Final thought? It’s time consuming to prepare all this material (and I thank the other counselors who shared their material!) but it’s also very rewarding to see children (well, teens) discover programming! I encourage you to share things you like as Scout Counselor!
A few words of appreciation for an open source software that can help you a lot in your work, Engauge Digitizer (ED) from Mark Mitchell. ED is a simple, straightforward curve digitizer: it takes images with graphs like the one below and transform them (with a little help) in data you can use later on.
In an interesting blog post on Smashing Magazine, C.Y. Gopinath explained the design choices he made to build a new calculator for smartphones (iPhones more specifically). He started with an interesting summary of the reasons and origins of the numerical keypads of phones and calculators (keyboards, ATM, etc.). This is what drove me to read his post. Indeed I posted a photo on Flickr that showed the difference, a few years ago.
While reading the post, I was happy the author of the app did some research on the traditions behind this keyboard layout as well as the reasons and studies that lead to these layout. The article also contains links to further details, if necessary, and interesting comments from Harry Blanchard and Michael Long.
However I think the author mixed several things before re-designing his numerical keypad …
Circular design with numbers already exists in the real world: the analog watch (also mentioned in a comment). I guess most if not all humans above 10 years old are used to this design and the way it starts with “0” (well, “12”) at the top and “6” at the bottom. So when I saw Gopinath’s app screen, I was wondering if there is a reason or if there are research showing the tilt is beneficial and will not confuse for the user.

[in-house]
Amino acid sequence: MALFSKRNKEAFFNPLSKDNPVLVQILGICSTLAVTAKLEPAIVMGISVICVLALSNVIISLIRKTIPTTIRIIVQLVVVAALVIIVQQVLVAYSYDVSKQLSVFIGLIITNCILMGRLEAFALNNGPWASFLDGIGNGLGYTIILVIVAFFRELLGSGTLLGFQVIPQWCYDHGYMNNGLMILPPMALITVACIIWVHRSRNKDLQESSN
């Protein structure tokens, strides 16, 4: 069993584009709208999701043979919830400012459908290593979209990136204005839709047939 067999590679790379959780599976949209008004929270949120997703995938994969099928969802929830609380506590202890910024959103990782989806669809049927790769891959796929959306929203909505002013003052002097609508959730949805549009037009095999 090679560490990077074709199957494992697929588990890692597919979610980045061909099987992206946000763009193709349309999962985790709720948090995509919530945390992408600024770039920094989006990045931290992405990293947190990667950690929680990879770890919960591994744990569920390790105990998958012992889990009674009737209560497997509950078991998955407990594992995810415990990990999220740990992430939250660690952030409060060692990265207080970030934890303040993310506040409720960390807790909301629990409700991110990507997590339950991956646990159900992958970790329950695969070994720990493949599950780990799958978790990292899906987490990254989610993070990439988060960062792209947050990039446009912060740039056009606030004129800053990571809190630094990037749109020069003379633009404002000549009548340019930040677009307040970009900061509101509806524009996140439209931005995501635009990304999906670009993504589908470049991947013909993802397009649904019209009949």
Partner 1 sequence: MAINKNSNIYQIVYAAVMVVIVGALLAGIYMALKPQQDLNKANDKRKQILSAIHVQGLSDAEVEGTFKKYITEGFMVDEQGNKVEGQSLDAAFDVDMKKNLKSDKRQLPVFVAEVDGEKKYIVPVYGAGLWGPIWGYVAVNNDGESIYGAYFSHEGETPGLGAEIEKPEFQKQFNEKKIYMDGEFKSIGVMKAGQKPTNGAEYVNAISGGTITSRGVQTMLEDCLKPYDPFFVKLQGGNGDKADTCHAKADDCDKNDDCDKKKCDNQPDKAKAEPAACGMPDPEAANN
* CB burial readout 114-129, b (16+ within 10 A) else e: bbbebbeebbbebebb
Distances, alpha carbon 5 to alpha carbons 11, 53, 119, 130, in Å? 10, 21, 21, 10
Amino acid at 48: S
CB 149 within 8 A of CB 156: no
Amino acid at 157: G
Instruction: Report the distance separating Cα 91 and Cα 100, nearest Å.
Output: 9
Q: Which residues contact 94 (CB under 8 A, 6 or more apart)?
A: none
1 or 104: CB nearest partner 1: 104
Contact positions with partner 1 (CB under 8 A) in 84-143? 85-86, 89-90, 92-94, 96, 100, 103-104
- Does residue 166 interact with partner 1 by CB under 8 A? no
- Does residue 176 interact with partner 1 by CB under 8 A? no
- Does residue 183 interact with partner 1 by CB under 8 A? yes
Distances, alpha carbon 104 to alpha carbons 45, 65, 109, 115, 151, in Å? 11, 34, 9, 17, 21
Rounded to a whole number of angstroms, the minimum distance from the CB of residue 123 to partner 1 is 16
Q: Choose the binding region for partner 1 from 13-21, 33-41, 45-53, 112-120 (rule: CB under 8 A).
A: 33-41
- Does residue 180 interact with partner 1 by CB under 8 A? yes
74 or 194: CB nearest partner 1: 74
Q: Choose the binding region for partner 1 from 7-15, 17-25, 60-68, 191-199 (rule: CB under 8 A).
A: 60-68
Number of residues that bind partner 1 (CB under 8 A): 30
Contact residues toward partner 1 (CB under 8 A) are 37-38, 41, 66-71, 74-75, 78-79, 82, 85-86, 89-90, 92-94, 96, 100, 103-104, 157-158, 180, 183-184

Citing research from Bell Laboratories is great: very few apps did this amount of research and still show “revolutionary” user interfaces based only on the gut feeling of a designer on steroids (when there was a designer) (to be fair, some new designs achieve their goals). However the period during which they were conducted (early/mid-last century) has most probably a large role to play in the choices and habits of respondents. One thing in particular is that people most probably would use these numerical keyboards sitting on the table (like phones on table) and use their finger (or fingers but I expect the index being the single most used finger) of one hand.
What could be the response now? Only research would tell. My feeling is to start from habits of smartphone users. My own use would consider the following facts:
so far smartphones are still square / rectangle objects
most smartphones are still small enough to be held with only one hand and one finger on the same hand would be used (the thumb)